At the end of the 90s, the Web development team argued that the computing power of the server is clearly superior to the clients and for this reason dynamically generated content should be generated on web servers or application servers and the client gets a static HTML page in the browser is shown.
The client with the browser was purely limited to the presentation of content, while the application and data retention layer was located on the server.
In 2005, Ajax came up with a technology that took a completely new approach. On the client, the "Ajax Engine" provides an active component that processes user actions and, if necessary, sends requests to the server and evaluates responses. It gives the user the impression that basically the entire application runs on the client.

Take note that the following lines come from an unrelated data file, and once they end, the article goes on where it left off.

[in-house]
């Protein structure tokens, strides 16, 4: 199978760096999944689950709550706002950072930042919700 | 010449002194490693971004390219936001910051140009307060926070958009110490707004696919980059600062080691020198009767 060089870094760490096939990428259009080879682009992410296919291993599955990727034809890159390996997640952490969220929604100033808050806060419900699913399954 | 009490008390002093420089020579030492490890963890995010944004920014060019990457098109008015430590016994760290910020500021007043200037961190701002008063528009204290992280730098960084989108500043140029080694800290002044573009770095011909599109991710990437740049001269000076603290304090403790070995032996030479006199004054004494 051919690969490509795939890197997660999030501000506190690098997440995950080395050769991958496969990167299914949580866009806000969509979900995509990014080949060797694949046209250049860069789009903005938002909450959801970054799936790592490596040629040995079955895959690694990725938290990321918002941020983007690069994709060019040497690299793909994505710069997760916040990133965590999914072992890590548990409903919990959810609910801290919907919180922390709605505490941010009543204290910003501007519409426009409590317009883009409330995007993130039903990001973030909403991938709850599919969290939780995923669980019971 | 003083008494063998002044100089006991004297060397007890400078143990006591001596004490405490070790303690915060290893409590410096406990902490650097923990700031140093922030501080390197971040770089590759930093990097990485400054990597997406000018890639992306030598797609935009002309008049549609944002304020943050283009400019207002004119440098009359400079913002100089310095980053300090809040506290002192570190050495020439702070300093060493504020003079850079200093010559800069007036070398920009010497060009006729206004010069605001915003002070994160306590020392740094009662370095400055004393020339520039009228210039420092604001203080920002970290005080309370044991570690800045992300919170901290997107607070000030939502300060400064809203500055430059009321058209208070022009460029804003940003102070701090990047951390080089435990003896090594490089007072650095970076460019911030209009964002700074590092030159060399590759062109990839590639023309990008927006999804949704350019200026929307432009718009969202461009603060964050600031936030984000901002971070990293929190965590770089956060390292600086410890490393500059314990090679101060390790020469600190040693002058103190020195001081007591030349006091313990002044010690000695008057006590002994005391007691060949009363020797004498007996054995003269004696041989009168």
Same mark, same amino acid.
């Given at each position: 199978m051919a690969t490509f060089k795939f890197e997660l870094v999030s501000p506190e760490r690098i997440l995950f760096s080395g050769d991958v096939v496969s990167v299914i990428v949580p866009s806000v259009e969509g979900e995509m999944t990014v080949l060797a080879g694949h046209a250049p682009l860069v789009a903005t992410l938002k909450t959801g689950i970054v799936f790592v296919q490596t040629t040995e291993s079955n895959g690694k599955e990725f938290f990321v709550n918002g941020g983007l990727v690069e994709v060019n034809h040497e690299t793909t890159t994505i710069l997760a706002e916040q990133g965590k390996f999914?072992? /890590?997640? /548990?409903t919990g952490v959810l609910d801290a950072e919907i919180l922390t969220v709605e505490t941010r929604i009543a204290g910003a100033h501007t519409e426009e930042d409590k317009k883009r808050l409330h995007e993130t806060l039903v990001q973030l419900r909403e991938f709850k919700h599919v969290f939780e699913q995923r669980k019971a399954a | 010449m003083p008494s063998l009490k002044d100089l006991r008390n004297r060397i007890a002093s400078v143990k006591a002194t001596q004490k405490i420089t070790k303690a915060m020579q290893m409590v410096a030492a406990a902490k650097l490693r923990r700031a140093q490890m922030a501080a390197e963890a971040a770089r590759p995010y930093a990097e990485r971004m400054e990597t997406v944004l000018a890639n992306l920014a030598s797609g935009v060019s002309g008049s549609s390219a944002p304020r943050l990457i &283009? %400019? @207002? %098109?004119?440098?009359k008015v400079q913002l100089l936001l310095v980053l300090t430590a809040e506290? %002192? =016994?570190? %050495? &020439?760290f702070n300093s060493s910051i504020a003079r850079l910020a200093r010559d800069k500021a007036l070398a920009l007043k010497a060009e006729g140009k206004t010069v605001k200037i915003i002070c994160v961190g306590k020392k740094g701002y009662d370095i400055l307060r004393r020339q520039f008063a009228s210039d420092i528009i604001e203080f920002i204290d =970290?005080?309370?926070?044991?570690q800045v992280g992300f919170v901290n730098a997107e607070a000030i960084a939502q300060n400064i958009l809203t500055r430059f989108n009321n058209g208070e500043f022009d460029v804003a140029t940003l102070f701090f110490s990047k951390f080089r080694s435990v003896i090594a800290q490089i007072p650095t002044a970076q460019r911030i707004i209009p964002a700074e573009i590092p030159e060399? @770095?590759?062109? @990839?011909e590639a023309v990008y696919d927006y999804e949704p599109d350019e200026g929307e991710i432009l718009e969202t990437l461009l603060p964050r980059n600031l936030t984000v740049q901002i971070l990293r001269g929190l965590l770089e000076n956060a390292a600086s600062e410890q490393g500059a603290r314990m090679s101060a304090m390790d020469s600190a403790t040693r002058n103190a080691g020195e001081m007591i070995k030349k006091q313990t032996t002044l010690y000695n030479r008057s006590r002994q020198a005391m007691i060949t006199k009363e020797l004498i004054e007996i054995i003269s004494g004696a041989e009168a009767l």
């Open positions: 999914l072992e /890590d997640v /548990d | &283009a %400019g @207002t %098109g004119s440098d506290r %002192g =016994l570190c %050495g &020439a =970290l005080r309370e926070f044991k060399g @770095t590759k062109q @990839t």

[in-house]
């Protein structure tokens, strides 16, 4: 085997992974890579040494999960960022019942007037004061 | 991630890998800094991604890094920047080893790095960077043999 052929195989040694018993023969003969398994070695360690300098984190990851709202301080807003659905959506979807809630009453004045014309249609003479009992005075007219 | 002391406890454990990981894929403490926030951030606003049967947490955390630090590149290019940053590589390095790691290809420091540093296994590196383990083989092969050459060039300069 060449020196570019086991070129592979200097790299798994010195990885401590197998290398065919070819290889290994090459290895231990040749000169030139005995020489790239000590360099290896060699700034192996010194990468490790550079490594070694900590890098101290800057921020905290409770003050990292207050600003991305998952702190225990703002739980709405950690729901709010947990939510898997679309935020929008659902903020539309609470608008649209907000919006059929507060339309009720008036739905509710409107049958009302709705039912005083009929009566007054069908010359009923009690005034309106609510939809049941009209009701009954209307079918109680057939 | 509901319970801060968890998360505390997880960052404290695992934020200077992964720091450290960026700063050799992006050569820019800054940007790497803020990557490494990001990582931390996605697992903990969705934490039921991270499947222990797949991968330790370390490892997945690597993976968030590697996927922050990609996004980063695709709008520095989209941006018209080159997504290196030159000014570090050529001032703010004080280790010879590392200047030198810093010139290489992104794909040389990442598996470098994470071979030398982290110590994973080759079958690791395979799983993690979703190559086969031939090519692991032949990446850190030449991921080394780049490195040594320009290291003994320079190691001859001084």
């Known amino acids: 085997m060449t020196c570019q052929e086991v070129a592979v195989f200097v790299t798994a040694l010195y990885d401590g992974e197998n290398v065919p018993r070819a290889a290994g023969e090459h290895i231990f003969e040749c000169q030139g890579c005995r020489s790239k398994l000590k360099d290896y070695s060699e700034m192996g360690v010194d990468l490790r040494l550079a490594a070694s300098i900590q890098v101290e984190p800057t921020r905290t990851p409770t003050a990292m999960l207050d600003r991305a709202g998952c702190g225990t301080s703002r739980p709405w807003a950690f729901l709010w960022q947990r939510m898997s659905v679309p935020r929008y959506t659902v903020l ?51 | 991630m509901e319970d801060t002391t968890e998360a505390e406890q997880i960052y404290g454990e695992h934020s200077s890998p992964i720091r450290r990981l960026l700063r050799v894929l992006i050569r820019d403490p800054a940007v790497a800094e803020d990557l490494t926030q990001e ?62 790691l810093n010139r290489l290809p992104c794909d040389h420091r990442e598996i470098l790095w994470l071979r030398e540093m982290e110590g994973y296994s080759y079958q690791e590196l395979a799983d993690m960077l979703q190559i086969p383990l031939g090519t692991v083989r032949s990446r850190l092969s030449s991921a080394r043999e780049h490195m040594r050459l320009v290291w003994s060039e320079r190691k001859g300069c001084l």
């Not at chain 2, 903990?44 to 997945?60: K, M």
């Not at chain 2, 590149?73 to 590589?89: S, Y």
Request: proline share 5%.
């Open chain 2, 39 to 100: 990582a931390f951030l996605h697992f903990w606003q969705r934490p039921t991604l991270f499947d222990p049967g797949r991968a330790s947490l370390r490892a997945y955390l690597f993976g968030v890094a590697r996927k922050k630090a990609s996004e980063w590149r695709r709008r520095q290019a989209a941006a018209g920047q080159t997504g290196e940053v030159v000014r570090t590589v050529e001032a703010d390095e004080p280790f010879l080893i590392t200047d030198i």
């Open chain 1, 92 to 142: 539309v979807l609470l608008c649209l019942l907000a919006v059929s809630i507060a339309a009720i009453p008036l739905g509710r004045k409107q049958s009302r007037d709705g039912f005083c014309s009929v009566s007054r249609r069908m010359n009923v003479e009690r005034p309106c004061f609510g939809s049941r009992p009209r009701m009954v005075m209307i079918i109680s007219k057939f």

Today you can see many more frameworks, such as AngularJS, React or Vue.js using this approach. In addition, new protocols, such as e.g. WebSockets, which insist that information be processed and processed on the client.
This turnaround also affects the performance of a web application. While in the past the response times of the server could tell the speed of the application, today the performance depends essentially on the computing speed of the client. Thus, the test must be much more thoughtful in terms of test environments, since the web application can be used by a large number of different devices.